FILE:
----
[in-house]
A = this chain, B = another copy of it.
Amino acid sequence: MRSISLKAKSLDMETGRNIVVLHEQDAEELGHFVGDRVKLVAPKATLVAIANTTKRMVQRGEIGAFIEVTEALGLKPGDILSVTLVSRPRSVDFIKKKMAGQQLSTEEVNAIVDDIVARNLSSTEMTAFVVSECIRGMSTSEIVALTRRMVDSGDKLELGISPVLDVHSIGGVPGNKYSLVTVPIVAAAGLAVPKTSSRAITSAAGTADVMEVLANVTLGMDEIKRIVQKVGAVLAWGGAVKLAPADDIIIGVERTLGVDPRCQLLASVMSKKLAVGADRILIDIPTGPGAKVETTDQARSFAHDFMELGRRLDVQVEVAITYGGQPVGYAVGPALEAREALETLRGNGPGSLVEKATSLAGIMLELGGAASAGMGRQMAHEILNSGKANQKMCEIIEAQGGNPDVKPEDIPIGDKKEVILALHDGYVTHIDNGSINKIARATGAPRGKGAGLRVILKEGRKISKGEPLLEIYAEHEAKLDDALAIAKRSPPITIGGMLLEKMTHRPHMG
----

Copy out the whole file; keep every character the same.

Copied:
[in-house]
A = this chain, B = another copy of it.
Amino acid sequence: MRSISLKAKSLDMETGRNIVVLHEQDAEELGHFVGDRVKLVAPKATLVAIANTTKRMVQRGEIGAFIEVTEALGLKPGDILSVTLVSRPRSVDFIKKKMAGQQLSTEEVNAIVDDIVARNLSSTEMTAFVVSECIRGMSTSEIVALTRRMVDSGDKLELGISPVLDVHSIGGVPGNKYSLVTVPIVAAAGLAVPKTSSRAITSAAGTADVMEVLANVTLGMDEIKRIVQKVGAVLAWGGAVKLAPADDIIIGVERTLGVDPRCQLLASVMSKKLAVGADRILIDIPTGPGAKVETTDQARSFAHDFMELGRRLDVQVEVAITYGGQPVGYAVGPALEAREALETLRGNGPGSLVEKATSLAGIMLELGGAASAGMGRQMAHEILNSGKANQKMCEIIEAQGGNPDVKPEDIPIGDKKEVILALHDGYVTHIDNGSINKIARATGAPRGKGAGLRVILKEGRKISKGEPLLEIYAEHEAKLDDALAIAKRSPPITIGGMLLEKMTHRPHMG